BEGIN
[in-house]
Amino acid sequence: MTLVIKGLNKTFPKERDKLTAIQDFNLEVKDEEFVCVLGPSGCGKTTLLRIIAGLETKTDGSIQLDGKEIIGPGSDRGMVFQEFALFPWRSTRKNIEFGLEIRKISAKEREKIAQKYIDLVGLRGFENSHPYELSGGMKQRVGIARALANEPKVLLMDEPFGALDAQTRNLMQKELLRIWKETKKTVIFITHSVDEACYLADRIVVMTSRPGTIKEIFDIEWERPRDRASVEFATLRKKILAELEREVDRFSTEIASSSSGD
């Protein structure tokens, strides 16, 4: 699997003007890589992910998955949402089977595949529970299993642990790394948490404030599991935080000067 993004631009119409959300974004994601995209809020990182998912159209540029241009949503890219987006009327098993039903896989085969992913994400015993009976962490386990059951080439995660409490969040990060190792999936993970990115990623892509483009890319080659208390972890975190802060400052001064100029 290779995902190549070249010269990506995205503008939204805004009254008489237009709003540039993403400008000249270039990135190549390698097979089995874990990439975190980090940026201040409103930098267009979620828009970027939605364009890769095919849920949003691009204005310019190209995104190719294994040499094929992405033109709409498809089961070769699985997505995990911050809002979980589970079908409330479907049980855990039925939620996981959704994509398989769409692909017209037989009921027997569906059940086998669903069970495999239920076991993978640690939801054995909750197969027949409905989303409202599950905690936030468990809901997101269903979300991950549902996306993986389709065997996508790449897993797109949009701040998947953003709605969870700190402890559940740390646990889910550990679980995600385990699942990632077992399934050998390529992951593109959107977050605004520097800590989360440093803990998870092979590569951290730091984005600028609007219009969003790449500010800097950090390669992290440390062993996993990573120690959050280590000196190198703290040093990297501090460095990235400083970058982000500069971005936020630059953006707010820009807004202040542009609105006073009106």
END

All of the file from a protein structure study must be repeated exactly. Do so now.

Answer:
[in-house]
Amino acid sequence: MTLVIKGLNKTFPKERDKLTAIQDFNLEVKDEEFVCVLGPSGCGKTTLLRIIAGLETKTDGSIQLDGKEIIGPGSDRGMVFQEFALFPWRSTRKNIEFGLEIRKISAKEREKIAQKYIDLVGLRGFENSHPYELSGGMKQRVGIARALANEPKVLLMDEPFGALDAQTRNLMQKELLRIWKETKKTVIFITHSVDEACYLADRIVVMTSRPGTIKEIFDIEWERPRDRASVEFATLRKKILAELEREVDRFSTEIASSSSGD
């Protein structure tokens, strides 16, 4: 699997003007890589992910998955949402089977595949529970299993642990790394948490404030599991935080000067 993004631009119409959300974004994601995209809020990182998912159209540029241009949503890219987006009327098993039903896989085969992913994400015993009976962490386990059951080439995660409490969040990060190792999936993970990115990623892509483009890319080659208390972890975190802060400052001064100029 290779995902190549070249010269990506995205503008939204805004009254008489237009709003540039993403400008000249270039990135190549390698097979089995874990990439975190980090940026201040409103930098267009979620828009970027939605364009890769095919849920949003691009204005310019190209995104190719294994040499094929992405033109709409498809089961070769699985997505995990911050809002979980589970079908409330479907049980855990039925939620996981959704994509398989769409692909017209037989009921027997569906059940086998669903069970495999239920076991993978640690939801054995909750197969027949409905989303409202599950905690936030468990809901997101269903979300991950549902996306993986389709065997996508790449897993797109949009701040998947953003709605969870700190402890559940740390646990889910550990679980995600385990699942990632077992399934050998390529992951593109959107977050605004520097800590989360440093803990998870092979590569951290730091984005600028609007219009969003790449500010800097950090390669992290440390062993996993990573120690959050280590000196190198703290040093990297501090460095990235400083970058982000500069971005936020630059953006707010820009807004202040542009609105006073009106």